Drizzt says:

Re: Re: Re:

Especially since you don’t get meaningful demos anymore. I mean: playing half of the first level might pass as a graphics demo, but to get a feel for the UI or the characters and the game world? Not so much.

As for finding good games: you can always employ the “let others get burned” method and ask friends/acquaintances, who’ve bought something you’re interested in, how it is and whether you could test play it a little. If you like the game you need only to wait until the game is sold as a “ultimate edition” or GOTY, so you get all the expansions and DLC with the game itself for a reasonable price of under $ 20.

That Anonymous Coward says:

Because you can just run to the media and scream how it is Pirates who destroyed your game, and we need more laws and punishments for people who are tired of intrusive DRM, and get the “crack” for their legal copy.

Everyone else is getting rich from our product!

People selling their old games costs us more money for bandwidth! – Maybe had you not used stupid DRM that required a net connection your bill would not have gone up.

The used game market is stealing money from us! – Maybe had you not priced your product out of a majority of consumers price range, or made your game have more replayability. Or put out a playable demo instead of perfectly rendered youtube videos on machines tweaked for the best possible performance.

Maybe if they stopped focusing on scraping every cent out of a game, many of which released in a buggy state to begin with, and instead focused on releasing a quality game and then what they are building next.

SLK8ne (profile) says:

I'll pass...

This is very similar to a software bundle I saw last Christmas. You got Corel Paint, and two other piece of software and a 2 gig flash drive for $50.

Sounds like a great deal on the surface doesn’t it?

Turns out that every time you open any of the programs you have to have an Internet connection because they use the same silly sort of DRM that Ubisoft is using.

I passed. I’ll stick with open source thank you very much.

Truth is, probably a lot of people got the hacked versions just to avoid the DRM headache.

They may have kept someone from pirating their software, but, they also are loosing legitimate sales as well. So, what exactly did they gain on this?

At some point I hope that industry wises up and realizes that their paying customers aren’t criminals and that the pirates they fear so, exist, in part, because of their own paranoia.

HMTKSteve (user link) says:

Used Sales

I don’t blame companies that include one use/$9.99 codes in their games when it comes to the used game market. I blame the companies that sell a game, buy it back for 25% of the sale price and then expect to sell it again for only $5 less than new.

If the game requires a $9.99 code to get full value from the used game then the used price should reflect that.

As to my feelings on one use codes in games I have to say that it depends on the added value that code provides.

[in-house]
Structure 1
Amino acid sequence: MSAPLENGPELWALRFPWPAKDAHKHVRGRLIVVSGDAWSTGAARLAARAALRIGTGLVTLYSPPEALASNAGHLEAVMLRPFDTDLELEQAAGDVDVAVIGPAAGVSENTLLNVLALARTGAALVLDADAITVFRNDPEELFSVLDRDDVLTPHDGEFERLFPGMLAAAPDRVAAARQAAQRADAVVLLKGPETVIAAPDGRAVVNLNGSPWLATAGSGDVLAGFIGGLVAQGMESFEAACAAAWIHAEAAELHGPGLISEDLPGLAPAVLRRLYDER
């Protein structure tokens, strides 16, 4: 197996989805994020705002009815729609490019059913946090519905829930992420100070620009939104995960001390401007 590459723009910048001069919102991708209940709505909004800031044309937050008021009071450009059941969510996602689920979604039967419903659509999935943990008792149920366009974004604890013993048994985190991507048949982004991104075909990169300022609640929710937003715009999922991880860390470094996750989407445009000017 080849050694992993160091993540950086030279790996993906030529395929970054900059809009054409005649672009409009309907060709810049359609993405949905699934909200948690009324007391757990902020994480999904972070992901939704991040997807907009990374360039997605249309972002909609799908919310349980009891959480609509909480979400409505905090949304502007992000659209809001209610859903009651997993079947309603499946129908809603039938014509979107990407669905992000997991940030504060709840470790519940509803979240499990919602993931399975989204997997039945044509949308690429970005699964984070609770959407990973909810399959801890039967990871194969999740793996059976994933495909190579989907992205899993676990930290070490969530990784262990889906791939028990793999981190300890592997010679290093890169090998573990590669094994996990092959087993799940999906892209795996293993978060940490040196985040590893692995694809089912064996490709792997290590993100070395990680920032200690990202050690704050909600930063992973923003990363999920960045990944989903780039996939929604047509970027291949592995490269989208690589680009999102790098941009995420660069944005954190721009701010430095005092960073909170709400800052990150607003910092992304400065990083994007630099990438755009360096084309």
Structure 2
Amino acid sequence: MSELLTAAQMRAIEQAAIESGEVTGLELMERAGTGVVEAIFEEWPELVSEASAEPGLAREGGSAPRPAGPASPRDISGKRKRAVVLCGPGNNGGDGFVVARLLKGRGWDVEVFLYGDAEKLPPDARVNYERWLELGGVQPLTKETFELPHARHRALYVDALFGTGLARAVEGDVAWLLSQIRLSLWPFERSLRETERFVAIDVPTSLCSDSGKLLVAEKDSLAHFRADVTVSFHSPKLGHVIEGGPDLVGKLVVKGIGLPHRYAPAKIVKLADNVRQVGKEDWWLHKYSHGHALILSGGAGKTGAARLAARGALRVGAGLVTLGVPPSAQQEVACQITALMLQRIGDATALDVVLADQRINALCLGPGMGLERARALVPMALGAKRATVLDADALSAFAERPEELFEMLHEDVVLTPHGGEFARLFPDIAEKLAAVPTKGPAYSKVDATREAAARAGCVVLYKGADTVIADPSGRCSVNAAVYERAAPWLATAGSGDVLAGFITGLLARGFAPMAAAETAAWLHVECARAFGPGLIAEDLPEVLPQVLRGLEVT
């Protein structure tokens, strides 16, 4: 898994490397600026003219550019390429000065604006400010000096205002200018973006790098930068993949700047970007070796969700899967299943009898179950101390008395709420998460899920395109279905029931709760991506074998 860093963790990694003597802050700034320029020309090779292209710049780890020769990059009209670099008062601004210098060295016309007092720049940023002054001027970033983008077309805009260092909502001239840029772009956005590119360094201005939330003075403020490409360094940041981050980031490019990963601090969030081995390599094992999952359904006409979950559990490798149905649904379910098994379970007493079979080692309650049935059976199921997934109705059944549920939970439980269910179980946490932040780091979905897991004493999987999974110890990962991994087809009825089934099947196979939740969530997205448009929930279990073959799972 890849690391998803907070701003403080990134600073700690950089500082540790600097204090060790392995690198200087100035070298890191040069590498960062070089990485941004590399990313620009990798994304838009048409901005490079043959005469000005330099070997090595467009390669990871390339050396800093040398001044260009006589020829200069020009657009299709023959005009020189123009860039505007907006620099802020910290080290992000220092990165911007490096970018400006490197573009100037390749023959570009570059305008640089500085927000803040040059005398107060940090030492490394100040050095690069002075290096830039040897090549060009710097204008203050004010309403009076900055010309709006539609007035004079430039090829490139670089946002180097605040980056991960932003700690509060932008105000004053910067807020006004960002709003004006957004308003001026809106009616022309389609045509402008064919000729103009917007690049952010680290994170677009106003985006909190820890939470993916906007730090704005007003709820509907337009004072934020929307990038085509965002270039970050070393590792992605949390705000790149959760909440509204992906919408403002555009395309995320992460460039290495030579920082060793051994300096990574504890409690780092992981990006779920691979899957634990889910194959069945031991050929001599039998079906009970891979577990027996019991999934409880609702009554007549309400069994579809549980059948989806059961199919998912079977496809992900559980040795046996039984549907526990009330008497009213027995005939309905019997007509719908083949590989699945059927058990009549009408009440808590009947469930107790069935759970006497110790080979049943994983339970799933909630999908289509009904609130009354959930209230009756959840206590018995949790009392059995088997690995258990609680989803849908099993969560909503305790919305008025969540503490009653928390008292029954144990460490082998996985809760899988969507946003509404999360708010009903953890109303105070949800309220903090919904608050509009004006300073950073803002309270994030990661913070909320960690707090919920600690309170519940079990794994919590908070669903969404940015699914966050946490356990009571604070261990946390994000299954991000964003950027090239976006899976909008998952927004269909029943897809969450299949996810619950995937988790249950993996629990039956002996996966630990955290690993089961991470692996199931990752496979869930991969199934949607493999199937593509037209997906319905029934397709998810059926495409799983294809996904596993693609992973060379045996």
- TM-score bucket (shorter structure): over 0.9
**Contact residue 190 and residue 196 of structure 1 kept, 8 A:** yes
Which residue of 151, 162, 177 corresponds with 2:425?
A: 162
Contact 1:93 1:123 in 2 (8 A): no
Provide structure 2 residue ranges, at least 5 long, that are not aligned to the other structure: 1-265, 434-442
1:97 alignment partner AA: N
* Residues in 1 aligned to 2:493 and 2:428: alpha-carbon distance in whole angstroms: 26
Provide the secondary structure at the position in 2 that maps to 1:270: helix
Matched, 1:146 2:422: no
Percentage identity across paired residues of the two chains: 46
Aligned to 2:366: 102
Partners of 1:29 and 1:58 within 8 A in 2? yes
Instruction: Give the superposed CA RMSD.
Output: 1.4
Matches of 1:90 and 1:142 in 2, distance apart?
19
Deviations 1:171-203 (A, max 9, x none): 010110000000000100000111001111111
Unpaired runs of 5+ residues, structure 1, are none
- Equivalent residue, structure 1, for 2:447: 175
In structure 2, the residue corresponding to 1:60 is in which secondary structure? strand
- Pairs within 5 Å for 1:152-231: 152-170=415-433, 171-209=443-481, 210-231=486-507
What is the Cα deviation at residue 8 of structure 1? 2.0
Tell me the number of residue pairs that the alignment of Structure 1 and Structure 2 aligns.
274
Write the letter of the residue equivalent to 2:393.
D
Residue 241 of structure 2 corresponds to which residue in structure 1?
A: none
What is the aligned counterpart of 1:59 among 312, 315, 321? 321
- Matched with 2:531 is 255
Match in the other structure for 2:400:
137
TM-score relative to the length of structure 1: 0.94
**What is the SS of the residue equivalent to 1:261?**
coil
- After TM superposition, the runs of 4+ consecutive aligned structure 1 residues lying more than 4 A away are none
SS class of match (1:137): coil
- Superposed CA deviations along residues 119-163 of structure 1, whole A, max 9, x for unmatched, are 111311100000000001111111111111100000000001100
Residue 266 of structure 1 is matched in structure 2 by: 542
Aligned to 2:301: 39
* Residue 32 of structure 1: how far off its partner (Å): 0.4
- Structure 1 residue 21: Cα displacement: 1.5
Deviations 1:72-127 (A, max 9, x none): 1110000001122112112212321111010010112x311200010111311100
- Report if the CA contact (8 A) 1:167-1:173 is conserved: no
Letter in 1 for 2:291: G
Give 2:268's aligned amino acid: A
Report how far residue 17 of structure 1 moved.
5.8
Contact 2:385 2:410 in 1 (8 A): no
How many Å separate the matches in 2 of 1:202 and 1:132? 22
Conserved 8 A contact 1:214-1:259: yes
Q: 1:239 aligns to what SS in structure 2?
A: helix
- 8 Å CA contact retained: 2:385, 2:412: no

I play Battlefield and the extra content I get from the VIP code and the stat tracking is an added feature that I consider worth paying for. I can’t pass that on in resale unless I also give up the linked account. So, I can pass it on (technically) but I’m not going to.

What I find confusing is that if I buy the download copy of Battlefield Bad Company 2 from the xBox Live Marketplace I still have to pay extra for VIP. You don’t get much stronger DRM on a console than buying a download game!

PaulT (profile) says:

Re: Used Sales

Erm, this makes no sense. The first sale doctrine is very much in force, and it doesn’t matter what you like. If people want to buy used games, they will buy them. It might even lead to sales in the future if you’re not a greedy asshole (example: I bought Assassins Creed 1 & 2 used when they dropped below ?20, I bought Brotherhood new for ?40 when it came out).

“I have to say that it depends on the added value that code provides.”

There is no added value. They’re removing a component that should be in the game and then trying to sell it back to you. Use a code like this? I won’t buy your game, new or used. Suck on that.

The Groove Tiger (profile) says:

That reminds me of an old joke.

An american, a frenchman and a swedish guy are all on an airplane. Suddenly the pilot comes and says that the plane is going to crash, but they only have 3 parachutes, so he dons one and jumps out of the plane to safety. The american punches the frenchman and the swedish guy screaming “America rules!” and dons a second parachute, jumping off the plane. The frenchman comes to his senses before the swedish guy, and realizes he has a chance to take the last parachute, so he



Add Your Comment

Your email address will not be published. Required fields are marked *

Have a Techdirt Account? Sign in now. Want one? Register here

Comment Options:

Make this the or (get credits or sign in to see balance) what's this?

What's this?

Techdirt community members with Techdirt Credits can spotlight a comment as either the "First Word" or "Last Word" on a particular comment thread. Credits can be purchased at the Techdirt Insider Shop »

Follow Techdirt

Techdirt Daily Newsletter

Techdirt Deals
Techdirt Insider Discord
The latest chatter on the Techdirt Insider Discord channel...